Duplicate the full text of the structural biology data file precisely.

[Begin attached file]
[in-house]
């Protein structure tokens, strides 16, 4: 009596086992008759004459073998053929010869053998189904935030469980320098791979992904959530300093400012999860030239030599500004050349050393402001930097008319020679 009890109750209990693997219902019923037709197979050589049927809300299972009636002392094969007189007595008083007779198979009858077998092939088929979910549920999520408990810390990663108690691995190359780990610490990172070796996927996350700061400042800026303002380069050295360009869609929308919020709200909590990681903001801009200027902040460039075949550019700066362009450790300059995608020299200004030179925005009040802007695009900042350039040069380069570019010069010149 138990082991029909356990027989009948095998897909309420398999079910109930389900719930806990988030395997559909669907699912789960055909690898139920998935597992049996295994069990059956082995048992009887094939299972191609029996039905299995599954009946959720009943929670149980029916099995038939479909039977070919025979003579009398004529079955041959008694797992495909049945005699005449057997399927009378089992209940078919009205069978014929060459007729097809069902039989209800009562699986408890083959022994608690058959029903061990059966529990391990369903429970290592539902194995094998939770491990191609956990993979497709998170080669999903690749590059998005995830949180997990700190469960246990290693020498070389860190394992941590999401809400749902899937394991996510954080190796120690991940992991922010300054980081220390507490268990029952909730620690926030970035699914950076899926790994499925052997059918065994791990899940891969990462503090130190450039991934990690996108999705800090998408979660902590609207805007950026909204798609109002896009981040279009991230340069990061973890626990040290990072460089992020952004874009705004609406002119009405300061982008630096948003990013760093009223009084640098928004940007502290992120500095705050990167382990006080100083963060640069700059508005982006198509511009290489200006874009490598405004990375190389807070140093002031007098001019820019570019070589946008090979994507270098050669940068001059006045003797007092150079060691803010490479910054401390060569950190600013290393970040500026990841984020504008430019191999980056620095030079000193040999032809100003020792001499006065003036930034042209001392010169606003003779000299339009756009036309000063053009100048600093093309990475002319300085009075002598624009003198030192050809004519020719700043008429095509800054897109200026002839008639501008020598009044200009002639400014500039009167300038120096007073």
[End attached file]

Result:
[in-house]
């Protein structure tokens, strides 16, 4: 009596086992008759004459073998053929010869053998189904935030469980320098791979992904959530300093400012999860030239030599500004050349050393402001930097008319020679 009890109750209990693997219902019923037709197979050589049927809300299972009636002392094969007189007595008083007779198979009858077998092939088929979910549920999520408990810390990663108690691995190359780990610490990172070796996927996350700061400042800026303002380069050295360009869609929308919020709200909590990681903001801009200027902040460039075949550019700066362009450790300059995608020299200004030179925005009040802007695009900042350039040069380069570019010069010149 138990082991029909356990027989009948095998897909309420398999079910109930389900719930806990988030395997559909669907699912789960055909690898139920998935597992049996295994069990059956082995048992009887094939299972191609029996039905299995599954009946959720009943929670149980029916099995038939479909039977070919025979003579009398004529079955041959008694797992495909049945005699005449057997399927009378089992209940078919009205069978014929060459007729097809069902039989209800009562699986408890083959022994608690058959029903061990059966529990391990369903429970290592539902194995094998939770491990191609956990993979497709998170080669999903690749590059998005995830949180997990700190469960246990290693020498070389860190394992941590999401809400749902899937394991996510954080190796120690991940992991922010300054980081220390507490268990029952909730620690926030970035699914950076899926790994499925052997059918065994791990899940891969990462503090130190450039991934990690996108999705800090998408979660902590609207805007950026909204798609109002896009981040279009991230340069990061973890626990040290990072460089992020952004874009705004609406002119009405300061982008630096948003990013760093009223009084640098928004940007502290992120500095705050990167382990006080100083963060640069700059508005982006198509511009290489200006874009490598405004990375190389807070140093002031007098001019820019570019070589946008090979994507270098050669940068001059006045003797007092150079060691803010490479910054401390060569950190600013290393970040500026990841984020504008430019191999980056620095030079000193040999032809100003020792001499006065003036930034042209001392010169606003003779000299339009756009036309000063053009100048600093093309990475002319300085009075002598624009003198030192050809004519020719700043008429095509800054897109200026002839008639501008020598009044200009002639400014500039009167300038120096007073």